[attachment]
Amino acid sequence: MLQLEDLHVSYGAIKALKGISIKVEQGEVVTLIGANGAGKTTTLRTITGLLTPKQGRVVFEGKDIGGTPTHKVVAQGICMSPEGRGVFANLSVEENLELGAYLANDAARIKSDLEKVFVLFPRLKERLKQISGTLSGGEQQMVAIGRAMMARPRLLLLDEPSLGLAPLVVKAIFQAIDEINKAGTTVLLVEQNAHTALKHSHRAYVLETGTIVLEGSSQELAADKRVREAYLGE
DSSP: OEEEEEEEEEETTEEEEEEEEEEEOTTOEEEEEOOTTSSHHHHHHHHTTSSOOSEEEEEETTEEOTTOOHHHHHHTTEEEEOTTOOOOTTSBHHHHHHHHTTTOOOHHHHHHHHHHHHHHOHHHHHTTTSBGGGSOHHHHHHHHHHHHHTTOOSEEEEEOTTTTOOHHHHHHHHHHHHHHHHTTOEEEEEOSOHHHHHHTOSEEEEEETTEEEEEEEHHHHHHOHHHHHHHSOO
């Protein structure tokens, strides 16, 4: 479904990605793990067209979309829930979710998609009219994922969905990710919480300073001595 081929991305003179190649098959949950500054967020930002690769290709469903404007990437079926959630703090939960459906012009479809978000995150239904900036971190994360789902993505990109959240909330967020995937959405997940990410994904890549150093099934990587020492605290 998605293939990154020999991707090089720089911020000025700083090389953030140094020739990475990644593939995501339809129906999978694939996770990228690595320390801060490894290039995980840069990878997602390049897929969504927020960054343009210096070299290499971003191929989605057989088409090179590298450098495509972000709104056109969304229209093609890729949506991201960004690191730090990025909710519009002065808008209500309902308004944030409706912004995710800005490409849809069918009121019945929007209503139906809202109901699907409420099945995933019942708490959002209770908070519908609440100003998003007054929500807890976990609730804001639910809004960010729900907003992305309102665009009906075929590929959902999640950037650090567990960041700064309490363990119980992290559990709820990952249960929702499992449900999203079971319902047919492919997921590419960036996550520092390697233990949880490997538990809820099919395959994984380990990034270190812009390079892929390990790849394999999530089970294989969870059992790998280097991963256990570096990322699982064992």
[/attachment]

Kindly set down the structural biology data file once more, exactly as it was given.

Amino acid sequence: MLQLEDLHVSYGAIKALKGISIKVEQGEVVTLIGANGAGKTTTLRTITGLLTPKQGRVVFEGKDIGGTPTHKVVAQGICMSPEGRGVFANLSVEENLELGAYLANDAARIKSDLEKVFVLFPRLKERLKQISGTLSGGEQQMVAIGRAMMARPRLLLLDEPSLGLAPLVVKAIFQAIDEINKAGTTVLLVEQNAHTALKHSHRAYVLETGTIVLEGSSQELAADKRVREAYLGE
DSSP: OEEEEEEEEEETTEEEEEEEEEEEOTTOEEEEEOOTTSSHHHHHHHHTTSSOOSEEEEEETTEEOTTOOHHHHHHTTEEEEOTTOOOOTTSBHHHHHHHHTTTOOOHHHHHHHHHHHHHHOHHHHHTTTSBGGGSOHHHHHHHHHHHHHTTOOSEEEEEOTTTTOOHHHHHHHHHHHHHHHHTTOEEEEEOSOHHHHHHTOSEEEEEETTEEEEEEEHHHHHHOHHHHHHHSOO
């Protein structure tokens, strides 16, 4: 479904990605793990067209979309829930979710998609009219994922969905990710919480300073001595 081929991305003179190649098959949950500054967020930002690769290709469903404007990437079926959630703090939960459906012009479809978000995150239904900036971190994360789902993505990109959240909330967020995937959405997940990410994904890549150093099934990587020492605290 998605293939990154020999991707090089720089911020000025700083090389953030140094020739990475990644593939995501339809129906999978694939996770990228690595320390801060490894290039995980840069990878997602390049897929969504927020960054343009210096070299290499971003191929989605057989088409090179590298450098495509972000709104056109969304229209093609890729949506991201960004690191730090990025909710519009002065808008209500309902308004944030409706912004995710800005490409849809069918009121019945929007209503139906809202109901699907409420099945995933019942708490959002209770908070519908609440100003998003007054929500807890976990609730804001639910809004960010729900907003992305309102665009009906075929590929959902999640950037650090567990960041700064309490363990119980992290559990709820990952249960929702499992449900999203079971319902047919492919997921590419960036996550520092390697233990949880490997538990809820099919395959994984380990990034270190812009390079892929390990790849394999999530089970294989969870059992790998280097991963256990570096990322699982064992």